“That said, we believe there are plenty of opportunities for MPD – GLLU as well as its affiliates – to strengthen outreach with the community,” she said.

In her response to the report, Lanier said Sgt. Matthew Mahl, who had been detailed to serve as the GLLU’s supervisor for over a year, “has been assigned to oversee GLLU exclusively since November 2013.” She added that Mahl “is a good fit for the GLLU and its next stage of development.”

In another finding, the report says there is a belief in the LGBT community that “homophobia and transphobia are widespread within MPD, with several describing it as rampant.”

Interviews with members of the community revealed that the hostility toward transgender people, especially transgender women of color, is common among many MPD officers, the report says.

“Virtually every transgender person who spoke to us at the four community meetings reported that they had been harassed or mistreated because of their gender identity or expression, ranging from acts of ignorance and insensitivity to outright hostility and overt expressions of bigotry and harassment,” the report says.

In citing hate crimes data released by the MPD, the report notes that hate crimes targeting the LGBT community make up the highest percentage of hate crimes compared to other categories of victims, such as race, ethnicity, religion, or disability. In 2012, the most recently year for which full data is available, there were 46 reported hate crimes based on sexual orientation, comprising 57 percent of a total of 81 hate crimes for all categories.

Police data show there were 9 hate crimes reported in 2012 based on gender identity or expression.

The report doesn’t say how many cases of anti-LGBT hate crimes resulted in an arrest by police or how many of the cases remain unsolved.

“It remains unclear whether the reported increase [in anti-LGBT hate crimes] reflects an actual higher level of hate violence directed against the LGBT community, better reporting by LGBT victims, or the lack of reporting by victims in other categories,” the report says.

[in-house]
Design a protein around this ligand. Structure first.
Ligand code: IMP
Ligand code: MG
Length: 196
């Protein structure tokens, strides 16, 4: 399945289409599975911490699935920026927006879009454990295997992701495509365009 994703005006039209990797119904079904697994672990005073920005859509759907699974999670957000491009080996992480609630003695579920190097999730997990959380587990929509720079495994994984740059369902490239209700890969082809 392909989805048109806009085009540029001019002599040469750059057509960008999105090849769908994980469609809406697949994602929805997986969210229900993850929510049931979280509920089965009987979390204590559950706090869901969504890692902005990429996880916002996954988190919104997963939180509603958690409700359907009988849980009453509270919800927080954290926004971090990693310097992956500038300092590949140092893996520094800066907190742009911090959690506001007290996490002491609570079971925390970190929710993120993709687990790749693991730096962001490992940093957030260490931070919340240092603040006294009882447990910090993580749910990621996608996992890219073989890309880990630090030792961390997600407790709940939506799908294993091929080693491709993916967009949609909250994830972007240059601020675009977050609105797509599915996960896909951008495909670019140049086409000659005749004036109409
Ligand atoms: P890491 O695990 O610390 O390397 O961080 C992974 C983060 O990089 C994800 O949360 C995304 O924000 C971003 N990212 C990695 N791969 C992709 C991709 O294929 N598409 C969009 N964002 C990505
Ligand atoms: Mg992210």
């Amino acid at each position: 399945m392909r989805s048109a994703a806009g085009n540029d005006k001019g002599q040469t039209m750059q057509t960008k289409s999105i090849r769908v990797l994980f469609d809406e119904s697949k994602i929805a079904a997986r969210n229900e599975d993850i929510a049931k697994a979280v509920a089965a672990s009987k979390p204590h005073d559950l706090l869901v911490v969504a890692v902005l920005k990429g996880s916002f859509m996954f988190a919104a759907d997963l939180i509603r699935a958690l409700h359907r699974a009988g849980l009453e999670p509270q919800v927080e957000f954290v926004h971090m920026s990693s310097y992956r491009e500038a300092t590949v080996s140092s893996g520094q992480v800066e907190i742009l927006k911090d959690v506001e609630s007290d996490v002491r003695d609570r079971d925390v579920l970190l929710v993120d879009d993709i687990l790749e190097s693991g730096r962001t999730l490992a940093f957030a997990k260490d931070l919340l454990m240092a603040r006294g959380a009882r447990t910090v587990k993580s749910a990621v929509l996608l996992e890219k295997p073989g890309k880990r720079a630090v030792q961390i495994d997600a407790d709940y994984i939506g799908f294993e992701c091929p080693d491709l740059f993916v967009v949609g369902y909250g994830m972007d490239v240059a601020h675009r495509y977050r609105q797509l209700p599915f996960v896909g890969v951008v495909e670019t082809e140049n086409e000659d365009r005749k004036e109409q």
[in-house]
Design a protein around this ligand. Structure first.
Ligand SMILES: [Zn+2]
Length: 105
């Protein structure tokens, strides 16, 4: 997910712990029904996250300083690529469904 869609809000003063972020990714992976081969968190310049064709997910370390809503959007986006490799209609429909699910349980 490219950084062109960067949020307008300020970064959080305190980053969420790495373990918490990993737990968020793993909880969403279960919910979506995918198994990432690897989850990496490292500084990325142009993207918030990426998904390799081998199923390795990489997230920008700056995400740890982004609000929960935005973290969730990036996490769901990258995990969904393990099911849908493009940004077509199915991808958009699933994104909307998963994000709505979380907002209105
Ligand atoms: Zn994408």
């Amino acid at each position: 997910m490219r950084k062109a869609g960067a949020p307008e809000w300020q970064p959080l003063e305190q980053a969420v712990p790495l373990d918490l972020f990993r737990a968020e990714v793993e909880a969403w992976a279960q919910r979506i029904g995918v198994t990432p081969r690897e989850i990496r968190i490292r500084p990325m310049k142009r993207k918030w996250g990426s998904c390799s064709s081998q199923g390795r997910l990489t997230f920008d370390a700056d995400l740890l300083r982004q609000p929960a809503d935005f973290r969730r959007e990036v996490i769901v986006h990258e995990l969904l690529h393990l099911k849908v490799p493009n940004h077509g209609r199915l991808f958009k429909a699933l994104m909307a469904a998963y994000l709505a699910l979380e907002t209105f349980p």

The task force members who wrote the report are: David Friedman, Sophie Dornstreich, Michael Liberman – Anti-Defamation League; Sara Warbelow – Human Rights Campaign; Lisa Bornstein – Leadership Conference on Civil and Human Rights; Mara Keisling and Vincent Paolo Villano – National Center for Transgender Equality; Jack McDevitt, Associate Dean and Director of the Institute of Race and Justice, Northeastern University in Boston; and Jim Nolan, Associate Professor of Sociology and Criminology, West Virginia University in Morgantown.

“We welcome the recommendations in the ADL report,” said Hassan Naveed, co-chair of Gays and Lesbians Opposing Violence (GLOV). “GLOV and other LGBT organizations plan to issue a community response to the recommendations in the next two weeks.”

The full report along with Lanier’s response can be seen here: http://mpdc.dc.gov/publication/report-hate-crimes-assessment-task-force

01
Mar
2014

Gray holds LGBT Youth Summit

Vince Gray, Washington D.C., Gay News, Washington Blade

D.C. Mayor Vince Gray. (Washington Blade photo by Michael Key)

About 80 people turned out on Saturday, May 11, for D.C. Mayor Vincent Gray’s First Annual LGBT Youth Summit, which was held at the Eastern Market’s meeting hall on Capitol Hill.

Those attending the event appeared to be equally divided between high school age youth and adults, including city officials, teachers and school administrators.

Gray served as moderator of the event, presenting opening remarks outlining the city’s policies and laws that support LGBT equality and fielding questions from the youth.